Risk-free, no obligation consultation


Assisted Living vs In-Home Care

Assisted Living vs. In-Home Care

If your loved one has become unable to live independently due to age or disability, you’re probably looking into options to provide them with the care they need. The two options for people who need periodic help in their everyday life – as opposed to needing serious, long-term monitoring and intensive care regiments – are assisted living centers and in-home care.

This article is intended to help you educate yourself on the differences between assisted living and in-home care so that you can choose what is best for your loved one’s situation.

Assisted Living Centers

In most assisted living centers, the person in need of care is given a private room (or shared room in some cases) in a clinical facility. While not as intensive as a skilled nursing home, assisted living centers offer immediate care whenever it is needed. It also usually includes daily, nutritionally balanced meals, medications, and laundry services.

The major drawback of assisted living centers is the expense. Most assisted living facilities offer a wide variety of care options and services that are included in the base price whether your loved one is making use of them or not – making it overall more expensive, than in-home care, in most cases.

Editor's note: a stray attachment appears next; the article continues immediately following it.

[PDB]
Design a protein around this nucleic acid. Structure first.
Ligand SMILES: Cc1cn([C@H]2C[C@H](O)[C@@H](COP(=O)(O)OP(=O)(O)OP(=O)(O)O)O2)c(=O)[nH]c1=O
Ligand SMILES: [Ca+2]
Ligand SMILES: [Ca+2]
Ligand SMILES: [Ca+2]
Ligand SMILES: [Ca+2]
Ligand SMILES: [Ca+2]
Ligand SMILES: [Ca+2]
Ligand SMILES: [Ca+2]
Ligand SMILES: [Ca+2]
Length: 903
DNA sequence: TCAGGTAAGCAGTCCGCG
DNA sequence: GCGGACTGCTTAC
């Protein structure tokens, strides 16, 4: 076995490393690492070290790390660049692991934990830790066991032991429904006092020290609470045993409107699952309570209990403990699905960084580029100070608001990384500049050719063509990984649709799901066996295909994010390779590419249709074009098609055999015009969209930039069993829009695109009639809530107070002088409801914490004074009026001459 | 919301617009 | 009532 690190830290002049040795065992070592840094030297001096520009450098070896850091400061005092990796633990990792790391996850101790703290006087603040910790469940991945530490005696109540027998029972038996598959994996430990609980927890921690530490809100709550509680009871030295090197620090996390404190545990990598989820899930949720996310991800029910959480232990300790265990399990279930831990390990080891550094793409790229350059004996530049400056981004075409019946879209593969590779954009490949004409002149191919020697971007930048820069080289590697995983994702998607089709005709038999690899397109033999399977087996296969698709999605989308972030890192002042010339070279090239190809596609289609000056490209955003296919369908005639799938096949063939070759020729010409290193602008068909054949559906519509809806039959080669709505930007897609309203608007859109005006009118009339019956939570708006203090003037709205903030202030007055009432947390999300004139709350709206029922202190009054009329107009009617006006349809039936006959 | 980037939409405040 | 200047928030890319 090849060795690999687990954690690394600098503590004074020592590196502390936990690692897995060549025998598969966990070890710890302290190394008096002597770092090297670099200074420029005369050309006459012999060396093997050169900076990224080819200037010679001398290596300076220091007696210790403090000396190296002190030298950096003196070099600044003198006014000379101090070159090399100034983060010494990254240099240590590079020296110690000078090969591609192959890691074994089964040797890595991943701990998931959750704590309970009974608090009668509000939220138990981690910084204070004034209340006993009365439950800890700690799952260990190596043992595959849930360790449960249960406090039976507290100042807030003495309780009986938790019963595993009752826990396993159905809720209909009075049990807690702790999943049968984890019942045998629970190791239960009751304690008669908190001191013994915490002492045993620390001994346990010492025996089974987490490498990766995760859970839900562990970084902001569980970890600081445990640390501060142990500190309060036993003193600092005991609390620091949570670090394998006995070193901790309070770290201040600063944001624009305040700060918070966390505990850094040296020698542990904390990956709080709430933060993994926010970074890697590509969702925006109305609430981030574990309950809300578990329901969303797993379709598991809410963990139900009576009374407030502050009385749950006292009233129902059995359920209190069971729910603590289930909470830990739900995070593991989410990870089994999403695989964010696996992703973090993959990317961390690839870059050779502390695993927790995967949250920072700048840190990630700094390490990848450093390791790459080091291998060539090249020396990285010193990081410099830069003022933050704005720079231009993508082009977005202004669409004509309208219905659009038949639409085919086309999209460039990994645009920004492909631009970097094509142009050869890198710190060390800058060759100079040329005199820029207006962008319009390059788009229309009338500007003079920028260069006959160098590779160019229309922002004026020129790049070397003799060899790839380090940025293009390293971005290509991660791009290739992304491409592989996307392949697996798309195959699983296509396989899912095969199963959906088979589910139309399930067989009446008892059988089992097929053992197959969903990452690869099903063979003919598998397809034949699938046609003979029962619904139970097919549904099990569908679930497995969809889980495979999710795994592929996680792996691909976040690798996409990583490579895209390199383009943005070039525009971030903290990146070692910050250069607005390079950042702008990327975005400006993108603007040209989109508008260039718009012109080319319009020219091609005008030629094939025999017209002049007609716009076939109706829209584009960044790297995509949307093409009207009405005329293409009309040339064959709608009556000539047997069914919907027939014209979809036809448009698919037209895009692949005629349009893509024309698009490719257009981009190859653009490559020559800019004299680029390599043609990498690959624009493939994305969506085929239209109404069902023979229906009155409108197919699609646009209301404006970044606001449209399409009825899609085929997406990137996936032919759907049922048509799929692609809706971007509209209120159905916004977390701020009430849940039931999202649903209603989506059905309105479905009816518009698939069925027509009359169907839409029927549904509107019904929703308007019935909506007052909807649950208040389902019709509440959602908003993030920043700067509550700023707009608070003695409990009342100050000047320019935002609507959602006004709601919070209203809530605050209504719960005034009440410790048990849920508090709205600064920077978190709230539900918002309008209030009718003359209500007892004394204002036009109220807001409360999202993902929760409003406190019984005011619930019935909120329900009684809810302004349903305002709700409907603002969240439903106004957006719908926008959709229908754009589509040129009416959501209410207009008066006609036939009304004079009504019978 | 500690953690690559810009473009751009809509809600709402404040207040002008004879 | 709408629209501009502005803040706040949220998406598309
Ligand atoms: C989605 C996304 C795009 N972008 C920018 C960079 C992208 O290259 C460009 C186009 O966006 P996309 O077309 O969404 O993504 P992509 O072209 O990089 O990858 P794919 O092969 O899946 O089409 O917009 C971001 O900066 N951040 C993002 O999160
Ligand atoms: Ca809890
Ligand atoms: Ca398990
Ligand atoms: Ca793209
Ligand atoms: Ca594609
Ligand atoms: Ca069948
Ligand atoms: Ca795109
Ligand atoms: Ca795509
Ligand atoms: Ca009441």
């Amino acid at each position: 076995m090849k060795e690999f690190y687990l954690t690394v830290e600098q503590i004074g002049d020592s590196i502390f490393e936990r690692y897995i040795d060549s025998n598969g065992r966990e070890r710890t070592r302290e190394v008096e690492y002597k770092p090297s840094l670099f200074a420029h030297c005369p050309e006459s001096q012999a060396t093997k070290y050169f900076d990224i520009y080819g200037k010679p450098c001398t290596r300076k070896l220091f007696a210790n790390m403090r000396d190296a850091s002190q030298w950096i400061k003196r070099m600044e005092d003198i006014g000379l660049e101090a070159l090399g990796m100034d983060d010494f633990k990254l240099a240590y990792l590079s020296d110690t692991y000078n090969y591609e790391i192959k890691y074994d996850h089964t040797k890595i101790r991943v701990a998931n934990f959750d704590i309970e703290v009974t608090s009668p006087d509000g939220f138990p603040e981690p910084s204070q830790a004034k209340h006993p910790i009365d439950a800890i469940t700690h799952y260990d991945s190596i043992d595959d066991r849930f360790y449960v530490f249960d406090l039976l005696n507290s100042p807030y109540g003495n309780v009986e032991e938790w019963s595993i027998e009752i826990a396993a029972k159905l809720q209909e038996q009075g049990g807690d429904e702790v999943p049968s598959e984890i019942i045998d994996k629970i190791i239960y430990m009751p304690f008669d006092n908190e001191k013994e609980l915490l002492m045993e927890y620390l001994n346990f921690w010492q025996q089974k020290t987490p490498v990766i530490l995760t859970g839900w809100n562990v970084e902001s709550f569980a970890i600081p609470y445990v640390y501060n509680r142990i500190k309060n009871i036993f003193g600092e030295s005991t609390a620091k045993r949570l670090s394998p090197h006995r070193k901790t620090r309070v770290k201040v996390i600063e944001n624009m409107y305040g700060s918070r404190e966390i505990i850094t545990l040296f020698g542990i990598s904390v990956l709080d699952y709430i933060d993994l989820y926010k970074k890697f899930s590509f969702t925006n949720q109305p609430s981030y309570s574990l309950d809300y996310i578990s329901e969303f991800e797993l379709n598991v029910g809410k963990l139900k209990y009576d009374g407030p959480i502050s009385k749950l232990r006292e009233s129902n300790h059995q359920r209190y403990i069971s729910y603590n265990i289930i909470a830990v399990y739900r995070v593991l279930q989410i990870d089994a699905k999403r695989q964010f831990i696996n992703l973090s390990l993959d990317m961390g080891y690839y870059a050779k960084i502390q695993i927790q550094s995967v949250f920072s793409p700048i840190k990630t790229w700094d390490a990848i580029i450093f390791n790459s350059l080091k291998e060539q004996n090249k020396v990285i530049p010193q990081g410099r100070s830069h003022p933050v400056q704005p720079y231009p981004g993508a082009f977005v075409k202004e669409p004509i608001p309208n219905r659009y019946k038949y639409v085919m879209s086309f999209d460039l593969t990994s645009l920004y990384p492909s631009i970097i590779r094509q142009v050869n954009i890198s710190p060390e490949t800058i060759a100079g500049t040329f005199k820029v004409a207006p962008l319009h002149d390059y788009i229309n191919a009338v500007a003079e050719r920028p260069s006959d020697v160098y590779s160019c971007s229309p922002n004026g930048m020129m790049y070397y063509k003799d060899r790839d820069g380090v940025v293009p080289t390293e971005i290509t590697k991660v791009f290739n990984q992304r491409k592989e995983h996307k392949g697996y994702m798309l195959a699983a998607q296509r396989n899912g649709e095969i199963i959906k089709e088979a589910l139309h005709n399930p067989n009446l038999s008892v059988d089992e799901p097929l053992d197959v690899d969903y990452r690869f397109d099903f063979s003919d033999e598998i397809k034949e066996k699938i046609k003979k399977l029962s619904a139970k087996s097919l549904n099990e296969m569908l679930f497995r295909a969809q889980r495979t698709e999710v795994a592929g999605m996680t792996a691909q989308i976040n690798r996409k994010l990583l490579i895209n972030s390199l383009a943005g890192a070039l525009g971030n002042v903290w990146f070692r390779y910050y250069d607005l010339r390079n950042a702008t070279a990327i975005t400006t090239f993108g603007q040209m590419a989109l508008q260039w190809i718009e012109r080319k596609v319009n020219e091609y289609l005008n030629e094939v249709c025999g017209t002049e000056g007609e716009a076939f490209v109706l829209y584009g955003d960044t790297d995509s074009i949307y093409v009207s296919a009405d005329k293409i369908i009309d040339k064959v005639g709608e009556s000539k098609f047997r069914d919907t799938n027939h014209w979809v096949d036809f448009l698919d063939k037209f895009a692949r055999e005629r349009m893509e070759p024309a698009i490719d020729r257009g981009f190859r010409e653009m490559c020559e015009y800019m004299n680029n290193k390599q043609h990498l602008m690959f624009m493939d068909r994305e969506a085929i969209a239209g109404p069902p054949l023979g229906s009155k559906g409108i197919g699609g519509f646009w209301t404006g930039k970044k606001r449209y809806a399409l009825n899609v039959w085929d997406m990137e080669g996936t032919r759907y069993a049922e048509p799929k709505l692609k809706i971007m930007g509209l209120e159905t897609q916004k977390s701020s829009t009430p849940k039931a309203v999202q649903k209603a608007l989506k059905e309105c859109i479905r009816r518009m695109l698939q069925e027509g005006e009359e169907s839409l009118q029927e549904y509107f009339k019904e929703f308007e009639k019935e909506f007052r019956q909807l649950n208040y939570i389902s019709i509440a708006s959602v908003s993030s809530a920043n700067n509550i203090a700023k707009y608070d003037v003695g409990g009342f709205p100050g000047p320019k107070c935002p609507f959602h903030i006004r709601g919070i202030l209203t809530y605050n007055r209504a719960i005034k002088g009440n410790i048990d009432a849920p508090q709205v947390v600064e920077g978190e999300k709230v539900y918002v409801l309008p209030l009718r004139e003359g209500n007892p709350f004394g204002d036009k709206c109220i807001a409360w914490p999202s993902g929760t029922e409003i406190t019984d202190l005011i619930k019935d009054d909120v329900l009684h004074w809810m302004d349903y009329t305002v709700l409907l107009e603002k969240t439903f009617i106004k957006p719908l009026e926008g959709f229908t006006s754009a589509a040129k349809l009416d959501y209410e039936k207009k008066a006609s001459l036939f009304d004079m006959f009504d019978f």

Residents of assisted living centers also must adhere to the policies of the facility. This usually includes limited visiting hours, limited out-of-facility time, and strict schedules. Your loved one might also not be pleased with the fact that under most circumstances, they will not be able to cook or clean for themselves, which unnecessarily takes away from their independence.

In-Home Care

In-home care allows skilled nurses and aides to care for your loved one from their own home. This can be a major benefit to your loved one’s quality of life. In-home care providers will work to preserve any and all independence that your loved one has, and can be there full or part time to assist.

In-home care is also more affordable than assisted living in most cases. Because the staff of an in-home health provider is only there when they need to be, the cost of their services can be custom tailored to fit your budget. However, they can still help with other day-to-day factors of living, such as cooking, cleaning, shopping, and bathing.

In-home providers are also available at a moment’s notice in case of an emergency, even if they are not scheduled to be in the home at the time. This makes in-home care a very safe and reliable source of care for the semi-independent and moderate-dependent.

Home Matters Caregiving